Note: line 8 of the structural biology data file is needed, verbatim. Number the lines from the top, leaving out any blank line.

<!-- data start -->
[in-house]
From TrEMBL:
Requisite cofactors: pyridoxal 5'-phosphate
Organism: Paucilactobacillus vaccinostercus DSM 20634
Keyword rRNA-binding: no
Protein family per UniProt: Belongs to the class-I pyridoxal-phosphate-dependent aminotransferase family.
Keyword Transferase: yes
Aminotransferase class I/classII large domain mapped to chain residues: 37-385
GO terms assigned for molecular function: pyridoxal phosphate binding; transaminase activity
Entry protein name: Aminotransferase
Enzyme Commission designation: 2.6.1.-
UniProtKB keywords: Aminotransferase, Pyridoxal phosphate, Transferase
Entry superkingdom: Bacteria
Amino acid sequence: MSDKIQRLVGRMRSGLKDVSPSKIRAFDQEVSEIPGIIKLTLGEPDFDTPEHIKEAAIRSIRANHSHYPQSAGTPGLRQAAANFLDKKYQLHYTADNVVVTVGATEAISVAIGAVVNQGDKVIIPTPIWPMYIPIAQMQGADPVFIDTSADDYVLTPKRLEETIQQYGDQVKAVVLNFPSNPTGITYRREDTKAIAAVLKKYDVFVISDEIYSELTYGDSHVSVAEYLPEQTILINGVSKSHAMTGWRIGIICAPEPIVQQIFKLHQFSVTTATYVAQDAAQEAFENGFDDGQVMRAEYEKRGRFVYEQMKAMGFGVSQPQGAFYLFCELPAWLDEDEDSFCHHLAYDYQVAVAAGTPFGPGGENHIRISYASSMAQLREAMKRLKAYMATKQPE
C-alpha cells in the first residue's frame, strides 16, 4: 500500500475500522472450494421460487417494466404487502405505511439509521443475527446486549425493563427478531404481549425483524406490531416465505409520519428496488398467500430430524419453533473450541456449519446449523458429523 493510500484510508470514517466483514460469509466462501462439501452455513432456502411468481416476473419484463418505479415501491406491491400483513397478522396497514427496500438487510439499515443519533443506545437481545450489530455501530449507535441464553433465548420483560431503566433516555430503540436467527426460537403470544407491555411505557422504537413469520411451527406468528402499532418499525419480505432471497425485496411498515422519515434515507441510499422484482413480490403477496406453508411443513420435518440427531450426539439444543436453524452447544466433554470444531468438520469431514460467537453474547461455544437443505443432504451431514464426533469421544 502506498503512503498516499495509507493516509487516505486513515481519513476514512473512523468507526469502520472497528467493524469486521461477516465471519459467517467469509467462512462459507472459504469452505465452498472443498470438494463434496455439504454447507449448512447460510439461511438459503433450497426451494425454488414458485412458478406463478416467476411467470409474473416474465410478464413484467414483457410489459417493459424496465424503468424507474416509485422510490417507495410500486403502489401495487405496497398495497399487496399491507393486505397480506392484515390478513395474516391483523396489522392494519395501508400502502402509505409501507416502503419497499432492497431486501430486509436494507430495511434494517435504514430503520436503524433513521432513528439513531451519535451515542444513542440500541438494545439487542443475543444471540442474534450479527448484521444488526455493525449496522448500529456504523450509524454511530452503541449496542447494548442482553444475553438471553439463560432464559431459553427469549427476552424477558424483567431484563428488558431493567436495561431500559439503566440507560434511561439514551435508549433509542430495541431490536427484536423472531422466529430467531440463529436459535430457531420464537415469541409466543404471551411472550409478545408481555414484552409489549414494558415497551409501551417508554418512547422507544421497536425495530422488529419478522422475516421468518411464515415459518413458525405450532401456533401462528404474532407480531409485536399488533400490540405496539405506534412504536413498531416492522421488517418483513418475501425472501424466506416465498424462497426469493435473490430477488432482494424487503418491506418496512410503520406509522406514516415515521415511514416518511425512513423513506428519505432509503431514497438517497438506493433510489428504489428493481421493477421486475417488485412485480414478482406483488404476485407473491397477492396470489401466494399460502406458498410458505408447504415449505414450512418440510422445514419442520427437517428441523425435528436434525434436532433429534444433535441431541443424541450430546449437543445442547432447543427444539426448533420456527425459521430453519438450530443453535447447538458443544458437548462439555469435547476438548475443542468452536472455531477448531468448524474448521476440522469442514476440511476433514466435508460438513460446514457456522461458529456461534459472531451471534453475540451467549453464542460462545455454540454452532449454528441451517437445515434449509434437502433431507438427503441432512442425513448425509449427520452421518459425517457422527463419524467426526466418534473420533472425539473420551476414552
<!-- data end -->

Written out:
Aminotransferase class I/classII large domain mapped to chain residues: 37-385